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Validation Of The Actigraph (GT3X) Inclinometer Function: 2045Board #174 June 3 8:00 AM - 9:30 AM

McMahon, Gregory C.; Brychta, Robert J.; Chen, Kong Y.

Medicine & Science in Sports & Exercise: May 2010 - Volume 42 - Issue 5 - p 489
doi: 10.1249/01.MSS.0000385098.02949.38
C-26 Free Communication/Poster - Objective Measures: Accelerometry and Pedometry: JUNE 3, 2010 7:30 AM - 12:30 PM: ROOM: Hall C

NIDDK, Bethesda, MD.


(No disclosure reported)

INTRODUCTION: Postural detection from portable activity monitors may facilitate activity assessment and energy expenditure prediction. However, traditional accelerometers lack postural information. The newly developed Actigraph GT3X monitors have added a new function for postural detection, which has not yet been validated.

PURPOSE: The primary purpose of this investigation was to compare the GT3X inclinometer function with direct observation. A secondary purpose was to determine the accuracy of the inclinometer output at different locations around the waist.

METHODS: Ten healthy participants, seven female and three male, BMI= 27 + 6.38 kg/m2 wore three GT3X's set at an epoch length of one second, placed around their waists on a single elastic waist band. The monitors were located on the right hip, above the right leg on the anterior spine of the iliac crest, and on the small of the back. Each subject randomly completed a series of twelve different postures, including sitting, standing, and lying down in both standardized and free-living positions.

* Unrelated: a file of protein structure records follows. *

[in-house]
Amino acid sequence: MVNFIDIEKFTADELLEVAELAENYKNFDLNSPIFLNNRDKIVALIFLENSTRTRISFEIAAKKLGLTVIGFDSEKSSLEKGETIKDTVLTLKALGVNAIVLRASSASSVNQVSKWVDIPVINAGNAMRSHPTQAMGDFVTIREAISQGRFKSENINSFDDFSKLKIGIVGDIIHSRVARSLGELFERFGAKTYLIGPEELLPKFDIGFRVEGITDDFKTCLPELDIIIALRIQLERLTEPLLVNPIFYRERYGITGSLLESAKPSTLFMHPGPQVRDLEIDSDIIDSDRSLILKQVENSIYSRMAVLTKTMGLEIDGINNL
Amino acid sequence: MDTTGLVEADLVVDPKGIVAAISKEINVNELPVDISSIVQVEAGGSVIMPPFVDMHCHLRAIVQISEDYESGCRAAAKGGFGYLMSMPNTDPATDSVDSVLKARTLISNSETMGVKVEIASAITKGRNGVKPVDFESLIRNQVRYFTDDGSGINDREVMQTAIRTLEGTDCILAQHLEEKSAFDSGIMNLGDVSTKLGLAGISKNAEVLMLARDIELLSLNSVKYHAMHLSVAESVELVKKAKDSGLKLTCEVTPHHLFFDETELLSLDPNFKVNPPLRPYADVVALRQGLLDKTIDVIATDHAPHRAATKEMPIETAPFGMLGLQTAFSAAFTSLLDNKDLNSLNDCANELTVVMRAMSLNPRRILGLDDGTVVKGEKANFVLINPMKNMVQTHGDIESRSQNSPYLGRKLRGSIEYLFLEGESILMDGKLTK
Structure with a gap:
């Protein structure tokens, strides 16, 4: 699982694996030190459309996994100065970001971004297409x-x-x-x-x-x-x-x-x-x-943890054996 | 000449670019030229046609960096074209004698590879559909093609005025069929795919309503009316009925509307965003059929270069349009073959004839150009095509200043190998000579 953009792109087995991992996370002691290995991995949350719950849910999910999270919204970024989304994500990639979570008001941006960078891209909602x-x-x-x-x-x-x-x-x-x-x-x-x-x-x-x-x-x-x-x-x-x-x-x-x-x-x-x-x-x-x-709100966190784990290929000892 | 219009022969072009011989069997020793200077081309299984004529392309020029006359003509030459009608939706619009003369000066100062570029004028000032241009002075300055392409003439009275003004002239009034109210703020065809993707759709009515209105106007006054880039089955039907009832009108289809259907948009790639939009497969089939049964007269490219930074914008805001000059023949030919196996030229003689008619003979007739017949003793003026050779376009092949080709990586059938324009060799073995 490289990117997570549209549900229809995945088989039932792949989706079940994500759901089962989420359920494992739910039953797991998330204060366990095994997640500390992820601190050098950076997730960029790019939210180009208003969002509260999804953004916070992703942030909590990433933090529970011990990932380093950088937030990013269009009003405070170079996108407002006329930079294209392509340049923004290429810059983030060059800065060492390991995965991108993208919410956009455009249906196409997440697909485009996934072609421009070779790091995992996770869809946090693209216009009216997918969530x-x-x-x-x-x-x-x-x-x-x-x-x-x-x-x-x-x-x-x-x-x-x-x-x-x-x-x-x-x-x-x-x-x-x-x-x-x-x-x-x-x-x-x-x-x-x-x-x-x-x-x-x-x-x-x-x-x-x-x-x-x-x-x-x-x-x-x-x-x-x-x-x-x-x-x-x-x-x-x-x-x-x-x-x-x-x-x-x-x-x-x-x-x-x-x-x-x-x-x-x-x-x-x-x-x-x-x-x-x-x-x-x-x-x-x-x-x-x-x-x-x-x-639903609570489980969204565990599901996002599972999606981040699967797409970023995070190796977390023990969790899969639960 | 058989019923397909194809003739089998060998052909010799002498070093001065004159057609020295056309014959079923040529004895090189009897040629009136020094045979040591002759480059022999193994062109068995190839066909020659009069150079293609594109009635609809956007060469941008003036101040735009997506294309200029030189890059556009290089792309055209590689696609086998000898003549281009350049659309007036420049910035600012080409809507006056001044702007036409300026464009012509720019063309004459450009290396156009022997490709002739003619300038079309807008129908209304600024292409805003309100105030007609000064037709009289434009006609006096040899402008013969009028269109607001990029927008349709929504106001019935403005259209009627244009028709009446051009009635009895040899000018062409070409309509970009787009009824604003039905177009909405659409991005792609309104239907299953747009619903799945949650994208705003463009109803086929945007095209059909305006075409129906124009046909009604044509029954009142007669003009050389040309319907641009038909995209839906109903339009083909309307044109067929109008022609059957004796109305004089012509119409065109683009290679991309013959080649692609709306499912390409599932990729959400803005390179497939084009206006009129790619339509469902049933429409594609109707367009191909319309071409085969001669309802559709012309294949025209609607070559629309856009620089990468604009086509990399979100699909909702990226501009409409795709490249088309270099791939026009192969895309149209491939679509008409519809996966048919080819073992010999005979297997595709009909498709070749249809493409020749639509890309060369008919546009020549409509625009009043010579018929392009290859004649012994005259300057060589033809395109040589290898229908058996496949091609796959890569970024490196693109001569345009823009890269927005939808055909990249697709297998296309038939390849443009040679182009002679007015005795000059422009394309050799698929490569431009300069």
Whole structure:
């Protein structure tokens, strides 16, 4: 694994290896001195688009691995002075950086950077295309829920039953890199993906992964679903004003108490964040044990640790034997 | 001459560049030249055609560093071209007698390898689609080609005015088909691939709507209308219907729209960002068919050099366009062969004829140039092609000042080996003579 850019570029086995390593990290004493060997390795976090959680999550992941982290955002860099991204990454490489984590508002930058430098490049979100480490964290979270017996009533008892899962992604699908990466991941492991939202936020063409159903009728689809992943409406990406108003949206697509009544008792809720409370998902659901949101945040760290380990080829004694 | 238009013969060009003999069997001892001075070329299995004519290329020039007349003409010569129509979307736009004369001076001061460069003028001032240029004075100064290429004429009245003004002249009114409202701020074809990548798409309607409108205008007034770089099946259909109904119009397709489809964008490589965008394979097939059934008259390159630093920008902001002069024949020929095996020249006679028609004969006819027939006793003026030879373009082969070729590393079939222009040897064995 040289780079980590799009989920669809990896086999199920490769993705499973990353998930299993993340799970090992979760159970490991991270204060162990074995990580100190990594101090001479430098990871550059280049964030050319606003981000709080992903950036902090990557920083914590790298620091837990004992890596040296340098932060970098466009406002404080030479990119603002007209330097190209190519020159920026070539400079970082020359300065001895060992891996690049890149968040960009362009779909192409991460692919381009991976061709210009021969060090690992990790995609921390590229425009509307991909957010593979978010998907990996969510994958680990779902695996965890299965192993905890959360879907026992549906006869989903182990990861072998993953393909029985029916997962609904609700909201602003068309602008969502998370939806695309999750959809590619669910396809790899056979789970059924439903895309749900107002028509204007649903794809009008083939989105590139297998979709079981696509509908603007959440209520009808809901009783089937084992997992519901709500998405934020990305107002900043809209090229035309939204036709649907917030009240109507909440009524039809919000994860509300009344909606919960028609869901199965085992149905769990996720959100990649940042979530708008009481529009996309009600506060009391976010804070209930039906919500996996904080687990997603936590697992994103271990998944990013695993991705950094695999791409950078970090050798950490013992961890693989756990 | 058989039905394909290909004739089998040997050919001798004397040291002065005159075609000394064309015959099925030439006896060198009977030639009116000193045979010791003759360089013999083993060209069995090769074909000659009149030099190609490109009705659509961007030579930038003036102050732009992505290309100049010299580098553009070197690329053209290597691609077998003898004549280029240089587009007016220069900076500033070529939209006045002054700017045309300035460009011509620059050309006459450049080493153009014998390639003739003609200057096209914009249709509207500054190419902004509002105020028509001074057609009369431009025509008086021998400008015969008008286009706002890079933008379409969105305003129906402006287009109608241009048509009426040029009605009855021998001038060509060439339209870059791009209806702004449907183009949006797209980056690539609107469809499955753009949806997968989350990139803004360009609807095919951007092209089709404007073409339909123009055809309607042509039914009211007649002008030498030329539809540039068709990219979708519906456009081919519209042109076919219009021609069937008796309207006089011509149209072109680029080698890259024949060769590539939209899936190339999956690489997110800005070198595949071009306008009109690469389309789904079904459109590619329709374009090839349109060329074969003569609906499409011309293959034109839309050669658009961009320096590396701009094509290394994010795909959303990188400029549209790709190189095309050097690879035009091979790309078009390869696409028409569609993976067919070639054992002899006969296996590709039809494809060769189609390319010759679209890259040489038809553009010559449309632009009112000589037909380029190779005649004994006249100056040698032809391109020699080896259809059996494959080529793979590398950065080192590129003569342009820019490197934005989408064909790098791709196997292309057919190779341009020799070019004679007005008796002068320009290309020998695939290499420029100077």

RESULTS: At the hip (manufactures-recommended site), the inclinometer accurately classified 40% and 96.5% of the time spent in standardized and free-sitting respectively. For standing accuracy was 59.4% and 53.7% for standardized and free-standing respectively. For laying accuracy was 80% and 30% for standardized and free-laying respectively. At the back location, detection of standing improved to 83.8% and 90% for standardized standing and free-standing respectively, but accuracy for sitting and lying down was worse compared to the hip. At the right leg location, the detection of posture was lower than that of the hip for all activities.

Summary: The current postural detection algorithm from Actigraph GT3X has limited validity and is location-dependent.

© 2010 American College of Sports Medicine